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Should Online Sellers Build a Presence on Snapchat?

Online sellers may be tired of trying to keep up with the latest social platforms, but it seems big brands can’t get enough of trendy sites that attract young people. Like it or not, they’re dragging along with them even those without a dedicated staff to handle all the posting, tweeting, liking, pinning, and snapping required to maintain a presence on social networking sites.

The latest social networking sensation is Snapchat, and it’s no longer a passing fad. Fortune calls it an “ephemeral messaging app.” That’s because seconds after you view a “snap” in the app, it disappears. That’s the theory, anyway – there are ways to save photos that have parents in particular worried about their children’s use of the app.

Not surprisingly, Snapchat is launching features to draw in brands and their ad dollars eager to get in front of a young audience. MSNBC published an introduction to the app for businesses in this four-minute video interview with Sujan Patel of Content Marketer called “Promoting Your Small Business on Snapchat.”

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Patel gives some examples of how businesses have taken advantage of Snapchat Stories to create a presence on Snapchat.

  • When sports apparel company CCM Hockey releases new products, they post a picture on Snapchat, giving followers early access.
  • Frozen-yogurt chain 16 Handles gets people to send them photos in exchange for coupons that expire.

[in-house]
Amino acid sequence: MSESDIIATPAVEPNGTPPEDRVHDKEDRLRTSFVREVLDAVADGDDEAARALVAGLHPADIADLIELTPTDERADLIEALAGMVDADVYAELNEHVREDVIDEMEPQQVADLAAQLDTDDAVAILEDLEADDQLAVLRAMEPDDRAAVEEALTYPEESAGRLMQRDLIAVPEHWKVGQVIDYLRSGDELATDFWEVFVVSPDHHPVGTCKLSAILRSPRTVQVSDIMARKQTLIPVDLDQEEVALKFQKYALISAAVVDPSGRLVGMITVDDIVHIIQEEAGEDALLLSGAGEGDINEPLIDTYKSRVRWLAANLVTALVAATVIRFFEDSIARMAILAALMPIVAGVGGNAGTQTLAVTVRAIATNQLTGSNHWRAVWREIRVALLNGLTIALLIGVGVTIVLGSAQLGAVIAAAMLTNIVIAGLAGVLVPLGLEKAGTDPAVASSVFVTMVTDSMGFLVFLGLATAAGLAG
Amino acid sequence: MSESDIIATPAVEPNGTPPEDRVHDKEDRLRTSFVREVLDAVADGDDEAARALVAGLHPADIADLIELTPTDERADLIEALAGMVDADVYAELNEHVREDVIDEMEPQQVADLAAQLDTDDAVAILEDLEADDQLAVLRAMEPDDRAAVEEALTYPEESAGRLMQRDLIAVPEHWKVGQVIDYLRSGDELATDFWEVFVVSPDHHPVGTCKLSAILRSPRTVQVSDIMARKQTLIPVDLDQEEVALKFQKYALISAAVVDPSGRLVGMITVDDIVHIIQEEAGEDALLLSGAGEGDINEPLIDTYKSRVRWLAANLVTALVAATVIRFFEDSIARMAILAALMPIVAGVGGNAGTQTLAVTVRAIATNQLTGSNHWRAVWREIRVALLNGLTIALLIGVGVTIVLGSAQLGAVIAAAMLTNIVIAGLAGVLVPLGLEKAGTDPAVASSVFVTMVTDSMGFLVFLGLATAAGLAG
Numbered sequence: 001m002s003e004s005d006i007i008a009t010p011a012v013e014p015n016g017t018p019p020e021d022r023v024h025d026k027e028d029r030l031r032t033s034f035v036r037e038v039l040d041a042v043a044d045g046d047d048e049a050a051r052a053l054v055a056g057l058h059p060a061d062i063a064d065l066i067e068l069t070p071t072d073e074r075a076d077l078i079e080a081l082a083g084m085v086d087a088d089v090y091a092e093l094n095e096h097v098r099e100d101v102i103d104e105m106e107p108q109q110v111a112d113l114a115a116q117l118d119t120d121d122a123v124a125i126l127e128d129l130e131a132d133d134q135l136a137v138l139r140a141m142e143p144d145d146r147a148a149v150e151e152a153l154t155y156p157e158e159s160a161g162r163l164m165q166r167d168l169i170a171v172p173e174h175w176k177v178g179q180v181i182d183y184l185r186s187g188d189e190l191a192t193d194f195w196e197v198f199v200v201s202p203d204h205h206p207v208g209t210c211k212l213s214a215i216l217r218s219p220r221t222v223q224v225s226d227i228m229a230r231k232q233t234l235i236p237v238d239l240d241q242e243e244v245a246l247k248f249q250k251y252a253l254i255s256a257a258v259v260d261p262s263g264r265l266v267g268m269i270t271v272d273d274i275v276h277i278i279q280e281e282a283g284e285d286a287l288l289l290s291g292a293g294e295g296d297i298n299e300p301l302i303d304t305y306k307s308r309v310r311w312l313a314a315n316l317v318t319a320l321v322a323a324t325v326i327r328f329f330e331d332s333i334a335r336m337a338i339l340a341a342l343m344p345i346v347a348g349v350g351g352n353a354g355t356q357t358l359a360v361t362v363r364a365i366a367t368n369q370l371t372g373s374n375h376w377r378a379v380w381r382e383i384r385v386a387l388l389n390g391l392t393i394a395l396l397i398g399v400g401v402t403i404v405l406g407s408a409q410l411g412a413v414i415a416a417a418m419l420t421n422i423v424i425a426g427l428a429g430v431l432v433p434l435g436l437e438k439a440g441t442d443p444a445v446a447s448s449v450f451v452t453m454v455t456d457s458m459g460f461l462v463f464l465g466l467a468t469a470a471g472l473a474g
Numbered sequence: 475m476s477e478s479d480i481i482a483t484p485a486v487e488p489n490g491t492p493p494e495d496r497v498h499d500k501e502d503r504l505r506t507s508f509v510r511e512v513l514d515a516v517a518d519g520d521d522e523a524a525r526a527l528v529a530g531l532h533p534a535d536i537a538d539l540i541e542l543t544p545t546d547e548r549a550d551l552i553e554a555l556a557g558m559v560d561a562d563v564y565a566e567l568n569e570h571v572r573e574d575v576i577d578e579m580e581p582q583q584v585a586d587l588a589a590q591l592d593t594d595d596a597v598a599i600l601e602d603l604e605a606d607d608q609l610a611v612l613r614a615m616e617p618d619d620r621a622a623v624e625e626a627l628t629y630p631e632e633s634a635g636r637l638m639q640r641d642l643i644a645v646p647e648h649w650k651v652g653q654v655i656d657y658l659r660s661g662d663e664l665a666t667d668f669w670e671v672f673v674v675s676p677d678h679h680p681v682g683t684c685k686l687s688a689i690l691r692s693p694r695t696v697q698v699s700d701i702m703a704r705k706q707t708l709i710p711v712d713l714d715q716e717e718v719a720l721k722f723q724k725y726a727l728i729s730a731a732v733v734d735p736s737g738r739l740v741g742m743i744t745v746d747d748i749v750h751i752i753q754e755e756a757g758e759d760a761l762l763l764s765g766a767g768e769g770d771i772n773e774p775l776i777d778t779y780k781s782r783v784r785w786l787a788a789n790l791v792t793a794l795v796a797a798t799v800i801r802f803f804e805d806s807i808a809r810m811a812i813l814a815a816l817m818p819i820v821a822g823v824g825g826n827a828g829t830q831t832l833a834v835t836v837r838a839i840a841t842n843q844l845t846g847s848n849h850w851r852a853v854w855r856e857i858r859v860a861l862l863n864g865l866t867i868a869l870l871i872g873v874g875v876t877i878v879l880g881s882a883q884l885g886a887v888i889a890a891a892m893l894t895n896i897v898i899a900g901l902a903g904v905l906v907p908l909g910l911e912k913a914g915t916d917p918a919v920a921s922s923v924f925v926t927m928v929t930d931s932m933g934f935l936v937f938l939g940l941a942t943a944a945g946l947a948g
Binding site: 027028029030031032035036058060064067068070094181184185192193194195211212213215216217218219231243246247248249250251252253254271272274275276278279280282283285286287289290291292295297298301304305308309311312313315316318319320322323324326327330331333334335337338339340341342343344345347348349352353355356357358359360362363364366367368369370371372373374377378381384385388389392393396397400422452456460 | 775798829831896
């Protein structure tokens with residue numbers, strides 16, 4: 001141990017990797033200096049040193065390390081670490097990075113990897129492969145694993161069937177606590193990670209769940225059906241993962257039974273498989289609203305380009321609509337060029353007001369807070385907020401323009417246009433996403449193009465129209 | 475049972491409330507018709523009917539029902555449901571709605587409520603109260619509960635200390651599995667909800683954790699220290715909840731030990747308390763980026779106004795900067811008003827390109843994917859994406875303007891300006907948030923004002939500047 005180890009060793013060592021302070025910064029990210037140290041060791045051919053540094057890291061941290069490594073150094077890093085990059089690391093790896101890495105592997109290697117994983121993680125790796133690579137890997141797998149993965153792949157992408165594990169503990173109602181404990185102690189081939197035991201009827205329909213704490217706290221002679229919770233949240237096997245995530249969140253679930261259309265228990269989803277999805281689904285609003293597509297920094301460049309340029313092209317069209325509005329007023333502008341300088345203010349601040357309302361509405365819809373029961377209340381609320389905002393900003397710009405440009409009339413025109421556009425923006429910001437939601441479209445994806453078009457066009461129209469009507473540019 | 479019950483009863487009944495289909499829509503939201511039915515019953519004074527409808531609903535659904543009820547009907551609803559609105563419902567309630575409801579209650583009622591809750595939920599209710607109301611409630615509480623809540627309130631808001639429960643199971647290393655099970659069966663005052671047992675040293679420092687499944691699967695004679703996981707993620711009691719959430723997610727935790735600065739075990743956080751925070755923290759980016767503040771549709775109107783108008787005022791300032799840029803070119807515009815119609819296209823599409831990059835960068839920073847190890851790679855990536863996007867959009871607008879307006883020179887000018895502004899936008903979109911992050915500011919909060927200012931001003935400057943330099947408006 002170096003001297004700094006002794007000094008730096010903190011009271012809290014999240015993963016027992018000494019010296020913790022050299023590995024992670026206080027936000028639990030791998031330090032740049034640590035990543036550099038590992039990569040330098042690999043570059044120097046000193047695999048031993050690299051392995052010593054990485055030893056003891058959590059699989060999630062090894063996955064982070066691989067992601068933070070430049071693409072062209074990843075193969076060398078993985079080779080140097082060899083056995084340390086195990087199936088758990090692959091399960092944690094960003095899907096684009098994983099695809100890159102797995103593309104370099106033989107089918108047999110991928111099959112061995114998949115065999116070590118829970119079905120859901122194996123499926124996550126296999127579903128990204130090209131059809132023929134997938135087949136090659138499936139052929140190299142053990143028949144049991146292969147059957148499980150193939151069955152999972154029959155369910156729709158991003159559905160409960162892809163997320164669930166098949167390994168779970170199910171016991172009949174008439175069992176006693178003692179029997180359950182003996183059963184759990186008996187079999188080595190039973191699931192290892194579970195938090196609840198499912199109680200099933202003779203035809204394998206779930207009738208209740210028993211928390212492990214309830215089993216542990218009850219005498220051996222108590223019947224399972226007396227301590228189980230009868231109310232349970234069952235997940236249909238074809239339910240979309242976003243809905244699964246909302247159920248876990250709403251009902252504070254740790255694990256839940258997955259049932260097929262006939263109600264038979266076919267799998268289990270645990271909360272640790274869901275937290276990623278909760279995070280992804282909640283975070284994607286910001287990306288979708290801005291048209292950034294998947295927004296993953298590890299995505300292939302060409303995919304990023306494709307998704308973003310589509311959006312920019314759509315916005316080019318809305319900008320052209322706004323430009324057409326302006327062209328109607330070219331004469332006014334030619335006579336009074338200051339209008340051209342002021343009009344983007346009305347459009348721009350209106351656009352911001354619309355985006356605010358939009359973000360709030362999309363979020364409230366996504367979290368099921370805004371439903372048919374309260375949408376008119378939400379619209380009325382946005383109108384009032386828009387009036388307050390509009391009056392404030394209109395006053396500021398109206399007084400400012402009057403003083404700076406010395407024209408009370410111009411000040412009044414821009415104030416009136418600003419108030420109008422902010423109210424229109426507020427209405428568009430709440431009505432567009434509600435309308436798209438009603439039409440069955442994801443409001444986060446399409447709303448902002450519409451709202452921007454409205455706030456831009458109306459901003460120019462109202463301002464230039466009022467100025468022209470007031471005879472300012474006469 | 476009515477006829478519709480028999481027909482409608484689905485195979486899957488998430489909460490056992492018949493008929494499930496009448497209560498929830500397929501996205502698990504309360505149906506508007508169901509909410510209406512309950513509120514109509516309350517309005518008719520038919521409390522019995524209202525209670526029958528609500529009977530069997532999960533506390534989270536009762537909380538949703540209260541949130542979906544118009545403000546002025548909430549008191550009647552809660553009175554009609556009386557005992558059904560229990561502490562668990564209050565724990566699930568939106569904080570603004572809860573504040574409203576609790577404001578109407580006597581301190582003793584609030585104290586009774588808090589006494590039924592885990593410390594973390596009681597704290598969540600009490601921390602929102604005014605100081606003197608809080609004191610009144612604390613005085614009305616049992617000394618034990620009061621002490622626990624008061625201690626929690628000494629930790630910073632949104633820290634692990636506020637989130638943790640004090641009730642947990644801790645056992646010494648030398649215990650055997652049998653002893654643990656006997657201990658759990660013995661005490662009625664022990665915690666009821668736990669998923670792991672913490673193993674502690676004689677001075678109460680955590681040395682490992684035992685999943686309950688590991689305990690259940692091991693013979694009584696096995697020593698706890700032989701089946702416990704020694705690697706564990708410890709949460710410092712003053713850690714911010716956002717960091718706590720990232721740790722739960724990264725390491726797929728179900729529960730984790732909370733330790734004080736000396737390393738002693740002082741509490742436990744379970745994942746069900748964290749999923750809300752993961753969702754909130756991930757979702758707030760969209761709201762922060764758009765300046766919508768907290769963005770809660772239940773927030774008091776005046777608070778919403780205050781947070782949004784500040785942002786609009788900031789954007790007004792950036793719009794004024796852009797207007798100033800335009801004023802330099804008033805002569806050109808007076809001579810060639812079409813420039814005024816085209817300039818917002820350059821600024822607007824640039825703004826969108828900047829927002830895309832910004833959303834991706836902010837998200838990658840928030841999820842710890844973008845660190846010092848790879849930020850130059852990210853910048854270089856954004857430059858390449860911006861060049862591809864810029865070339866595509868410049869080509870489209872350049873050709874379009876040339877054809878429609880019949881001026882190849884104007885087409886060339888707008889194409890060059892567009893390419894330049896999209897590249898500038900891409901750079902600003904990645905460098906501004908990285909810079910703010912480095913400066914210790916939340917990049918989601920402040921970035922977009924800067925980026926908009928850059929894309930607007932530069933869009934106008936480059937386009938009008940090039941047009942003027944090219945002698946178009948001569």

• A local cabinet maker in Nebraska posted four photos with text overlay showing a how-to project.

While Snapchat may be attracting serious attention, the site retains its juvenile look and feel. Just take a look at a guide from iDigitalTimes on “New Snapchat Emoji Meanings: What Does The Star, Baby, Hearts And Other Emoji Beside Names Mean?”

But make no mistake, this site with 63% of its users between the ages of 13 – 24 is working to attract advertisers. According to its ad page, it has nearly 100 million daily active Snapchatters and growing.

That young audience means marketers must be aware of laws about collecting information from children. The Federal Trade Commission has information about the Children’s Online Privacy Protection Act that merchants would be wise to review.

Ultimately, building a presence on Snapchat requires you to promote to your existing customers from your email lists as well as your followers on Twitter, Facebook, Pinterest, and Instagram – a move that may seem senseless, especially to those who already have social-networking fatigue. For many sellers, the point of joining a social networking site is to gain new followers, not to move followers from one site to another.

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Ina Steiner on EmailIna Steiner on LinkedinIna Steiner on Twitter
Ina Steiner

Ina Steiner is co-founder and Editor of EcommerceBytes and has been reporting on ecommerce since 1999. Send news tips to ina@ecommercebytes.com.


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